A couple of weeks ago, City Commissioner Steve Novick issued a press release highlighting the first phase of the city of Portland's divestment of bonds issued by Walmart.
Last year, city council passed a resolution prohibiting any future investments from the city's $1 billion portfolio in Walmart bonds. When the resolution passed, the city held $36 million in Walmart bonds. A quarter of those bonds matured this month and Novick wanted to call attention to that fact.
“From what I can tell, no other U.S. city has looked at socially responsible investing in quite the same way as Portland,” Novick said in a May 15 statement. “I’m hopeful other cities and states take note and adopt similar investment principles to hold companies accountable and align our investment policies with our values.”
Walmart has been a convenient City Hall whipping boy for years. Former Mayor Sam Adams built part of his reputation around his staunch opposition to the giant retailer expanding its local footprint.
There are plenty of reasons to dislike the company: it makes life difficult for smaller stores trying to compete and the massive profits that make the founding Walton clan America's richest family are in part a function of low compensation for Walmart employees.
There's been less examination of the flip-side of Walmart: for instance, the retailer generates a lot of taxes and offers shoppers a vast array of bargains. Those are big benefits, particularly in a state such as Oregon where per capita income lags the national average significantly and governments struggle to fund local services.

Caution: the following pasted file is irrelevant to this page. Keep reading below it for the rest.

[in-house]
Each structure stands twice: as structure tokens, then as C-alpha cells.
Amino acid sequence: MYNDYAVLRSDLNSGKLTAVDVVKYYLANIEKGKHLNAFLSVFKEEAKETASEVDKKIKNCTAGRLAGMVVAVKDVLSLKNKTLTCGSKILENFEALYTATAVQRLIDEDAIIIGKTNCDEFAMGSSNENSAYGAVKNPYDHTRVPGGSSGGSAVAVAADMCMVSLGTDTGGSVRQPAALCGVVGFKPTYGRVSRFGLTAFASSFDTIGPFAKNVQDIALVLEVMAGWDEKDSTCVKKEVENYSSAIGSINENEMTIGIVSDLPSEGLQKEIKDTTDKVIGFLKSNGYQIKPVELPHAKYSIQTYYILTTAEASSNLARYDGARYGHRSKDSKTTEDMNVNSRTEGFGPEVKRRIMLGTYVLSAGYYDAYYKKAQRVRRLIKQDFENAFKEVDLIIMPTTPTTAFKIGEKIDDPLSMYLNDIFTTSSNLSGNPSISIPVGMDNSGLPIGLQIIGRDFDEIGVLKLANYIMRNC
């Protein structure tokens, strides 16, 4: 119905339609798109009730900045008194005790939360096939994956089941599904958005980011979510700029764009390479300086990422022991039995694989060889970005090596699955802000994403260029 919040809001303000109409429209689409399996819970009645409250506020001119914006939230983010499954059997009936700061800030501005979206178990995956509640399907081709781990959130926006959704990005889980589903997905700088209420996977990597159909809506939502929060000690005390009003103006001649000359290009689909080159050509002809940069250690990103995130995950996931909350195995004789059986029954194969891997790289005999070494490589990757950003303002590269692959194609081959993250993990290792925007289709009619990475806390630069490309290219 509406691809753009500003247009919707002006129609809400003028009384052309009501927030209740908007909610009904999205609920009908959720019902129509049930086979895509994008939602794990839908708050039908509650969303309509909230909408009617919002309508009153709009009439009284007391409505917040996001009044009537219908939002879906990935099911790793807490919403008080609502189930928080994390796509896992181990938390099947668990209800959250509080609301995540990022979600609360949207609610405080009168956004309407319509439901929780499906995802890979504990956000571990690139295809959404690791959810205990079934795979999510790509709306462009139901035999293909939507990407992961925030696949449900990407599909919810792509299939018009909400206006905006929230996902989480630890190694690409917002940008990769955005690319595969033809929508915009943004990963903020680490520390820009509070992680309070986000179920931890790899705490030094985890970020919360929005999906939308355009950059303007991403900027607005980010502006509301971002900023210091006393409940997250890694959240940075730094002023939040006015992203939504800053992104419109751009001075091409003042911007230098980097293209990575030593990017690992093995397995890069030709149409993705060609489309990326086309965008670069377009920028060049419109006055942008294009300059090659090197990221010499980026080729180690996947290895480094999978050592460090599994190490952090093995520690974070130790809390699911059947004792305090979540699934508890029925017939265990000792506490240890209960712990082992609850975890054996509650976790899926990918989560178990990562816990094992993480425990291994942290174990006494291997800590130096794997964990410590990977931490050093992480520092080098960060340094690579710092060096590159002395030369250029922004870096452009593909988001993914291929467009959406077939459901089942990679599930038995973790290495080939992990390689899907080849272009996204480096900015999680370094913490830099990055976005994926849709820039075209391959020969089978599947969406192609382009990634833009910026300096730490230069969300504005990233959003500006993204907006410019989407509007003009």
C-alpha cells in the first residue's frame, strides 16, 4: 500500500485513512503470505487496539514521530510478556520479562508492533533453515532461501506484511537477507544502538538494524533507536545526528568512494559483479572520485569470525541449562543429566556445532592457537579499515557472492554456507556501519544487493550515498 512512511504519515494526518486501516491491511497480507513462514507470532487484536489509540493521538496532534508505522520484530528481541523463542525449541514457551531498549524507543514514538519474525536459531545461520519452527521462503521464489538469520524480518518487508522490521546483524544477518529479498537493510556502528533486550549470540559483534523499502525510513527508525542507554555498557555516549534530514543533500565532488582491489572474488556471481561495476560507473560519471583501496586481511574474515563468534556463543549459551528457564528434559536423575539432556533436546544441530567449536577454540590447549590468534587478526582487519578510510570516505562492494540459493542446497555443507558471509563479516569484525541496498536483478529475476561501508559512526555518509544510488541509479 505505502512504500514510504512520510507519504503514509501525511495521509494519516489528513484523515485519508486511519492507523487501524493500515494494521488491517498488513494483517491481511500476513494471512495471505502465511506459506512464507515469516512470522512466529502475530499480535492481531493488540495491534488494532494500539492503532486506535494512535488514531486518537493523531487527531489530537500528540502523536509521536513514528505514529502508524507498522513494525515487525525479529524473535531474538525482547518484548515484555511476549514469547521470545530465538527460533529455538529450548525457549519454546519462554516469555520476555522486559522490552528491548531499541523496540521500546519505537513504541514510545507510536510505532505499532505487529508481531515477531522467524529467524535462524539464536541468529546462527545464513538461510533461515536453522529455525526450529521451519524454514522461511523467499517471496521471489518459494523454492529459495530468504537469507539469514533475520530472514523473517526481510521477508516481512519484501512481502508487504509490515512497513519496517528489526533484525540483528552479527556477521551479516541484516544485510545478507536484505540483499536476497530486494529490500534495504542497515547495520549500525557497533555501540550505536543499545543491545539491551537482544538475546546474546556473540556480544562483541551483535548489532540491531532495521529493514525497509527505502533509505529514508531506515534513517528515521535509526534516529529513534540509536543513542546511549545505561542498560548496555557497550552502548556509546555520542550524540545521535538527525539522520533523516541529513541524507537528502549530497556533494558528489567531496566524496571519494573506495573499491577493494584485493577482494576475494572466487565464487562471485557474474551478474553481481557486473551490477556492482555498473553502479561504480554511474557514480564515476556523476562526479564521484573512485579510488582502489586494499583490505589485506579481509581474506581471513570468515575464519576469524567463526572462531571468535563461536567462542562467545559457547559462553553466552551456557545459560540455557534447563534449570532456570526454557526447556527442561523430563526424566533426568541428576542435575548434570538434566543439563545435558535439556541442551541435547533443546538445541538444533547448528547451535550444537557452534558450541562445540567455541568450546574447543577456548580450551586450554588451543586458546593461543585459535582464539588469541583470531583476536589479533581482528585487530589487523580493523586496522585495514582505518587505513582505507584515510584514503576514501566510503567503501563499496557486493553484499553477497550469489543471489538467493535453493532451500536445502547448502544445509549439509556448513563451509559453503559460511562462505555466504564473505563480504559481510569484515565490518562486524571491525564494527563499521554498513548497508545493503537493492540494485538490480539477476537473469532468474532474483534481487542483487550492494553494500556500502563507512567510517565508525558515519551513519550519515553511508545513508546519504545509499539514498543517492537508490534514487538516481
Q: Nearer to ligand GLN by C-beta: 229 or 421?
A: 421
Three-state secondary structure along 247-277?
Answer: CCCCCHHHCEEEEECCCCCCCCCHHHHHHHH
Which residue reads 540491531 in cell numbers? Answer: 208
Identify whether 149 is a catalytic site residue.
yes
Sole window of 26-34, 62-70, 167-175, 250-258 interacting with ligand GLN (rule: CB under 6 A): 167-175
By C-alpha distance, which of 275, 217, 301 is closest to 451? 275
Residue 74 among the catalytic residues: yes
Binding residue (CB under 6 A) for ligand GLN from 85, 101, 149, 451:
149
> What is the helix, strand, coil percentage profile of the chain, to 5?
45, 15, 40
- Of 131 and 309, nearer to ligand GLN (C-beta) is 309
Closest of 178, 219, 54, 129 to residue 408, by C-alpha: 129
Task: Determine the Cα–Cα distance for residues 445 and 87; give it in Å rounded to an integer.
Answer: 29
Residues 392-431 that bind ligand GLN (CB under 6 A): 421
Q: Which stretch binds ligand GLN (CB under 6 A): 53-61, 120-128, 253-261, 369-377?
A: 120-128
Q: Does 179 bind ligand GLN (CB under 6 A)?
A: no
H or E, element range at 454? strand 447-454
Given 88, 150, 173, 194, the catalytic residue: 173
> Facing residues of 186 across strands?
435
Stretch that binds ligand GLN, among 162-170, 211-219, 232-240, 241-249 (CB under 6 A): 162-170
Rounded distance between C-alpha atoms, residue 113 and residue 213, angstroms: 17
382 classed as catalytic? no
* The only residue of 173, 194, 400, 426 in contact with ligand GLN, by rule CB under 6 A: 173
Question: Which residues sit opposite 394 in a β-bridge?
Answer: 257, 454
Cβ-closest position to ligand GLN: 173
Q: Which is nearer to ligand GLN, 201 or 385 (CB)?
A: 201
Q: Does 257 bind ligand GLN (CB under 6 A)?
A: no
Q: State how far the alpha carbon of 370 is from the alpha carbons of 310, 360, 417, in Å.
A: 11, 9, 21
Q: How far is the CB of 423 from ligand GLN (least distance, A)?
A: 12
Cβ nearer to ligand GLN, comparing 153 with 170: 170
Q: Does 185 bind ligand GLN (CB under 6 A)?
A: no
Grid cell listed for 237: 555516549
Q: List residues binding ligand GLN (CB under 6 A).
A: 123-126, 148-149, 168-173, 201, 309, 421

The New Yorker magazine yesterday published a nuanced look at Portland's decision to kick Walmart to the curb.
Living with Walmart is complex—sort of like living with an assertive, charismatic, and powerful family member. Research from Jerry Hausman, an economist at M.I.T., shows that, when Walmart enters a new market, it drives down grocery prices in general; to compete with Walmart’s low prices, other stores lower their own prices. Low-income families benefit most, because they spend a greater proportion of their wages on food. But Walmart’s presence can also hurt those same families, because it tends to reduce overall retail employment—perhaps by driving out smaller stores, which typically employ more workers per dollar of sales. On the one hand, Walmart helps the city, county, and state budgets; it pays various taxes, and its employees pay income tax. (Oregon has no sales tax.) On the other hand, as the nation’s largest private employer, and one that offers mostly low-wage jobs, its workers are prime beneficiaries of food stamps and Medicaid, funded by taxpayer dollars.